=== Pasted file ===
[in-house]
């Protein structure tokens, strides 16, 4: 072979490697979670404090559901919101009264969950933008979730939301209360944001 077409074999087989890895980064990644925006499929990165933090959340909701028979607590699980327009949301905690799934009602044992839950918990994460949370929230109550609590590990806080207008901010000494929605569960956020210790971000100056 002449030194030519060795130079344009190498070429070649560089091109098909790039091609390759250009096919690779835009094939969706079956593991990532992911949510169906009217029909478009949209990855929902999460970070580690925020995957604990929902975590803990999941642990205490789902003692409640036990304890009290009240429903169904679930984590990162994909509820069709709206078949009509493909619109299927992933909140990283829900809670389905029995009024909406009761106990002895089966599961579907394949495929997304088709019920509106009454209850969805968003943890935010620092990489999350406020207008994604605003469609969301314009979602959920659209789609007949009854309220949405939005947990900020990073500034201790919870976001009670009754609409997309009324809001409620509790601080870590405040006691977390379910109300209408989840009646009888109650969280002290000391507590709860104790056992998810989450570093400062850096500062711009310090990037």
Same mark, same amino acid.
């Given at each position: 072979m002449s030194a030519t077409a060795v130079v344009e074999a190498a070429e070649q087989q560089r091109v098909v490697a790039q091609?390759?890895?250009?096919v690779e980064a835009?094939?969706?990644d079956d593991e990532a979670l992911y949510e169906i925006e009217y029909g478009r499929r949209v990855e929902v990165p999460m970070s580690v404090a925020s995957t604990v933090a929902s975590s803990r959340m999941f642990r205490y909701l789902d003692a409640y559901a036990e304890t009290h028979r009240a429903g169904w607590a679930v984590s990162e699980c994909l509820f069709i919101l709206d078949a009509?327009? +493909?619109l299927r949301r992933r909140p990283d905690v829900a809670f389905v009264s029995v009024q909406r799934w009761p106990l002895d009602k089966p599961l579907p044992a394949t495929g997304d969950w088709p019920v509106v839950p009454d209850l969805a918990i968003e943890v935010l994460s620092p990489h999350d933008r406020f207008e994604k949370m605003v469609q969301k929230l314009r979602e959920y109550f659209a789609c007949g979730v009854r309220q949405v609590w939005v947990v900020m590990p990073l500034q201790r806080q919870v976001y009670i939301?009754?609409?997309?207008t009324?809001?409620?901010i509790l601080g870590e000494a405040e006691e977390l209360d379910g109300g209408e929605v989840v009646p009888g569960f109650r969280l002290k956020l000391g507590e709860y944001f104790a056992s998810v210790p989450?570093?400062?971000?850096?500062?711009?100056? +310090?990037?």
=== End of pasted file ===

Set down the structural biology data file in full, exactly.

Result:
[in-house]
């Protein structure tokens, strides 16, 4: 072979490697979670404090559901919101009264969950933008979730939301209360944001 077409074999087989890895980064990644925006499929990165933090959340909701028979607590699980327009949301905690799934009602044992839950918990994460949370929230109550609590590990806080207008901010000494929605569960956020210790971000100056 002449030194030519060795130079344009190498070429070649560089091109098909790039091609390759250009096919690779835009094939969706079956593991990532992911949510169906009217029909478009949209990855929902999460970070580690925020995957604990929902975590803990999941642990205490789902003692409640036990304890009290009240429903169904679930984590990162994909509820069709709206078949009509493909619109299927992933909140990283829900809670389905029995009024909406009761106990002895089966599961579907394949495929997304088709019920509106009454209850969805968003943890935010620092990489999350406020207008994604605003469609969301314009979602959920659209789609007949009854309220949405939005947990900020990073500034201790919870976001009670009754609409997309009324809001409620509790601080870590405040006691977390379910109300209408989840009646009888109650969280002290000391507590709860104790056992998810989450570093400062850096500062711009310090990037």
Same mark, same amino acid.
């Given at each position: 072979m002449s030194a030519t077409a060795v130079v344009e074999a190498a070429e070649q087989q560089r091109v098909v490697a790039q091609?390759?890895?250009?096919v690779e980064a835009?094939?969706?990644d079956d593991e990532a979670l992911y949510e169906i925006e009217y029909g478009r499929r949209v990855e929902v990165p999460m970070s580690v404090a925020s995957t604990v933090a929902s975590s803990r959340m999941f642990r205490y909701l789902d003692a409640y559901a036990e304890t009290h028979r009240a429903g169904w607590a679930v984590s990162e699980c994909l509820f069709i919101l709206d078949a009509?327009? +493909?619109l299927r949301r992933r909140p990283d905690v829900a809670f389905v009264s029995v009024q909406r799934w009761p106990l002895d009602k089966p599961l579907p044992a394949t495929g997304d969950w088709p019920v509106v839950p009454d209850l969805a918990i968003e943890v935010l994460s620092p990489h999350d933008r406020f207008e994604k949370m605003v469609q969301k929230l314009r979602e959920y109550f659209a789609c007949g979730v009854r309220q949405v609590w939005v947990v900020m590990p990073l500034q201790r806080q919870v976001y009670i939301?009754?609409?997309?207008t009324?809001?409620?901010i509790l601080g870590e000494a405040e006691e977390l209360d379910g109300g209408e929605v989840v009646p009888g569960f109650r969280l002290k956020l000391g507590e709860y944001f104790a056992s998810v210790p989450?570093?400062?971000?850096?500062?711009?100056? +310090?990037?």